Uhuru: How I convinced Kisumu woman to ditch mitumba for new clothes

President Uhuru Kenyatta during the launch of a local textile factory in Kisumu. [Source: State House, Twitter]

President Uhuru Kenyatta has revealed how he convinced a Kisumu-based woman to ditch the mitumba trade for new clothes in an effort to support the local textile industry.

The president made the remarks in Kisumu County on Tuesday, August 2, when he commissioned the rehabilitated MV Uhuru II and the upgraded Kisumu shipyard.

Kenyatta said he was passionate about reviving and supporting the local industries, including the textile industry which faces unrelenting competition from the second-hand clothes (mitumba) trade.

"Let me tell you a short story," said the president, before narrating how his passion for the local textile industry pushed him into convincing a Kisumu-based trader to ditch the mitumba trade.

"Last night (Monday, August 1), [Industrialisation] Cabinet Secretary Betty Maina accompanied me to a newly-built factory here in Kisumu. The factory is owned by a Kenyan lady.

"I met her sometime back. She was part of a group of young people who we persuaded to ditch the mitumba trade and embrace selling locally-made outfits. At the start of her local textile business, she had three employees. A month or so later, she had employed 150 people. She tells me she is targeting to hire 3,000 people by December [2022]," said Kenyatta.

The president said he was happy to have convinced the Kisumu entrepreneur that she could make more money by supporting the local textile industry than by importing second-hand clothes from foreign nations.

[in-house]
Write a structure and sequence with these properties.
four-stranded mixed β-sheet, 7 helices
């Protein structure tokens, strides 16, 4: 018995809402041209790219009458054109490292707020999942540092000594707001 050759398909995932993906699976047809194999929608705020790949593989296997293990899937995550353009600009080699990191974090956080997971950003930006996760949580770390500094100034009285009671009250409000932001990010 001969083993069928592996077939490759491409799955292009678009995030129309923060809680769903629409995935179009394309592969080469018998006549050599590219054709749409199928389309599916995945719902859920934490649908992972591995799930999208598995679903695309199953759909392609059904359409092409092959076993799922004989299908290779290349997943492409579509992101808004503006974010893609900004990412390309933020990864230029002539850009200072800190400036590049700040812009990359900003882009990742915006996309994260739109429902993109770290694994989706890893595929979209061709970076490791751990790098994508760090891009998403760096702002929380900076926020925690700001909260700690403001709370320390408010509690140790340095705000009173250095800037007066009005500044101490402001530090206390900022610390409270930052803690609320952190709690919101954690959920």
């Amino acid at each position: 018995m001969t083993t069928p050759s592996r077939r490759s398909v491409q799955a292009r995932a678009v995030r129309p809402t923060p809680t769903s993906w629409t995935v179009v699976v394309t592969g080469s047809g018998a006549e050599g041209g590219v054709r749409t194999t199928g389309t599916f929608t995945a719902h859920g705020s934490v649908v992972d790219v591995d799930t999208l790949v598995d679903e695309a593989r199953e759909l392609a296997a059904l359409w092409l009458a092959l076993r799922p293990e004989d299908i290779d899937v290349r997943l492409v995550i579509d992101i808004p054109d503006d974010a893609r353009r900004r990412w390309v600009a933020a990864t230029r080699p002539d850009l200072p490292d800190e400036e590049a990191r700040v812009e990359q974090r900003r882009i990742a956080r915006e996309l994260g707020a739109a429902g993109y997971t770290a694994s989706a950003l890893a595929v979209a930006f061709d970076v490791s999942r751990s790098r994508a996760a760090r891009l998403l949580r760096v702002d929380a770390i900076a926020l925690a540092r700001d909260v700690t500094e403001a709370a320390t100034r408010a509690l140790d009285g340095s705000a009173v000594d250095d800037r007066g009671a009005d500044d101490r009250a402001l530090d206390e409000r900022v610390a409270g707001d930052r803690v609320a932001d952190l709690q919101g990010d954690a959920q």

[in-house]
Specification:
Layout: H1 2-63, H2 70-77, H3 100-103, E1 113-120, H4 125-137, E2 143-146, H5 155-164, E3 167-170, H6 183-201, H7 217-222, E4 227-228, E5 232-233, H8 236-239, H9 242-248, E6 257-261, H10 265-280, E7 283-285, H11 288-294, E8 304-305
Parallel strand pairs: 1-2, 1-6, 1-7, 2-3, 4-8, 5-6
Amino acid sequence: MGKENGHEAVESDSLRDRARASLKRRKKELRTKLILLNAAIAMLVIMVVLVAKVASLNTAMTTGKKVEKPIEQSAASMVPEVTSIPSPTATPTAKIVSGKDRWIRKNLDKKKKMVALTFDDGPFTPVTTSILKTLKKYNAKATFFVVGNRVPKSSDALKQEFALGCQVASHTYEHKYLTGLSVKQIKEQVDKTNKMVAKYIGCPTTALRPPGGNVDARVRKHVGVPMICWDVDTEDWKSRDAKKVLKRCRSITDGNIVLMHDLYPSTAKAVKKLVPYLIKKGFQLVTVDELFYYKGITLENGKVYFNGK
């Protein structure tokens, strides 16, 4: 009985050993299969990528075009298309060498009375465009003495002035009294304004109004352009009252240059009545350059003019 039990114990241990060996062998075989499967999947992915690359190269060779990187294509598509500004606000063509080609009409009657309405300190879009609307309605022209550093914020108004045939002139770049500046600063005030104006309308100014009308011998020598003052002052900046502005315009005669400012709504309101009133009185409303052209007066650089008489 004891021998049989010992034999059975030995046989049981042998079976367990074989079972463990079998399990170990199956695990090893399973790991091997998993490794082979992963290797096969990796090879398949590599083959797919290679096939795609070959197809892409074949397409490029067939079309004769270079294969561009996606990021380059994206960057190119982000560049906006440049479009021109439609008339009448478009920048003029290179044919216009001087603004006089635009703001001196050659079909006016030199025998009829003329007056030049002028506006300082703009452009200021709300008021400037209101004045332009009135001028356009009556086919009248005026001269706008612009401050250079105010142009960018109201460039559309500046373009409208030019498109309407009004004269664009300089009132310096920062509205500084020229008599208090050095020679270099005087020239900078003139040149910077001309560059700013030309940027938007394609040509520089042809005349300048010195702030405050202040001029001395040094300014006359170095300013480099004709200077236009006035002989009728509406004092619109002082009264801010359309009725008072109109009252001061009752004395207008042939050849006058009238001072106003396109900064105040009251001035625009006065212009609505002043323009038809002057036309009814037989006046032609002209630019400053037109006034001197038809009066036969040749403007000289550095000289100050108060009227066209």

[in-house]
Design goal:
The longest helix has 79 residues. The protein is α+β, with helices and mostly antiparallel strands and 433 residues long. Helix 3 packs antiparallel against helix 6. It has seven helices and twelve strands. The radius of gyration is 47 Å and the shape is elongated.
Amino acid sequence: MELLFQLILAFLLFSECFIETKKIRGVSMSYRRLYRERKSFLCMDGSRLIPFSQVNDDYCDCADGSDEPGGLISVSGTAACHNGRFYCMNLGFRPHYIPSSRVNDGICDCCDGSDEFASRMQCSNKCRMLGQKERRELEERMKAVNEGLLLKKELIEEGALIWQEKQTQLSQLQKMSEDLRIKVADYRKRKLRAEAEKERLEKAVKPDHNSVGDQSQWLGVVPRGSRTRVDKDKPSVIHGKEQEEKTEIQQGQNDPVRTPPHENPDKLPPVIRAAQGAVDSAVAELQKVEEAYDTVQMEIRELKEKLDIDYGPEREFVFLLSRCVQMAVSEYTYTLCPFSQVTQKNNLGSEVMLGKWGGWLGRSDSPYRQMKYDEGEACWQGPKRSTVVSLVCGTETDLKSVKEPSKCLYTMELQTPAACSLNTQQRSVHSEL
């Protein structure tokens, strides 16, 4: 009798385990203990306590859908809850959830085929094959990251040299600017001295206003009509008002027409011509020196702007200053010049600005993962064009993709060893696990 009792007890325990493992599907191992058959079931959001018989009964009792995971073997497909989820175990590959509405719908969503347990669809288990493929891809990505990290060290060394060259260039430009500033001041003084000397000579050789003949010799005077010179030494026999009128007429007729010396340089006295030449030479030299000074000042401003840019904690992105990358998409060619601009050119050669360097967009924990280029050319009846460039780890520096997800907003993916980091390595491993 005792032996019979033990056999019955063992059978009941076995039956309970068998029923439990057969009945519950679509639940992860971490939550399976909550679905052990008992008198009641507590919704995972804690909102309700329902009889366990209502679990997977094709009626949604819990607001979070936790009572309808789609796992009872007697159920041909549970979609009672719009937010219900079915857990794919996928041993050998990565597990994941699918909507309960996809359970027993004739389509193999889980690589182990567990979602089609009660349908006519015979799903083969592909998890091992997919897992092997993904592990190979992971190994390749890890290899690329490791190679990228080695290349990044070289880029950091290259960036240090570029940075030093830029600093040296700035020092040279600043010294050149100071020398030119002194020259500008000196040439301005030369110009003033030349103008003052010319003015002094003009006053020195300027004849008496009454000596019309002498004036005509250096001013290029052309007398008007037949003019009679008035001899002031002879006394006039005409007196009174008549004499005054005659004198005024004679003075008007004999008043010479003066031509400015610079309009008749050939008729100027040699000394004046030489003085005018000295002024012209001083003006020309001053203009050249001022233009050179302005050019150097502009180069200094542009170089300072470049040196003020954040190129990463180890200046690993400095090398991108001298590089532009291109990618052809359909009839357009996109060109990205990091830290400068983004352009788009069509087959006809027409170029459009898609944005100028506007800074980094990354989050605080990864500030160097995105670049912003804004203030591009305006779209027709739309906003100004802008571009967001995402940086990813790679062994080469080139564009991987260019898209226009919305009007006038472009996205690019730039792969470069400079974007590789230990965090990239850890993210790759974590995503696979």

"Imagine how wonderful it would be wearing clothes made and sourced from Kenya," he said.

Kenyatta urged Kenyans to go the Kisumu businesswoman route, saying a well-planned business venture has the potential of growing and creating tens, or even hundreds, of employment opportunities.

"The Kisumu-based trader was employing casuals a few months ago, now she is employing people on permanent and pensionable terms. With the stable jobs, her employees can now apply for mortgages. This means that her workers can now be homeowners as opposed to renters," said Kenyatta.

The Head of State encouraged fair remuneration of workers sourced locally.

Despite the push to revive the local textile industry, Mitumba Association of Kenya chairperson Teresia Wairimu has, on previous occasions, advised the government against banning mitumba trade in favour of locally-manufactured clothing items.

She said the mitumba sector had employed more than two million people and was responsible for remitting Sh15 billion to the exchequer annually in tax.

"To ban mitumba in promotion of the textile industry is to give with one hand and take from the other. Mitumba does not undermine local textile production. The narrative that it does, is not factual. Both can co-exist," said Wairimu.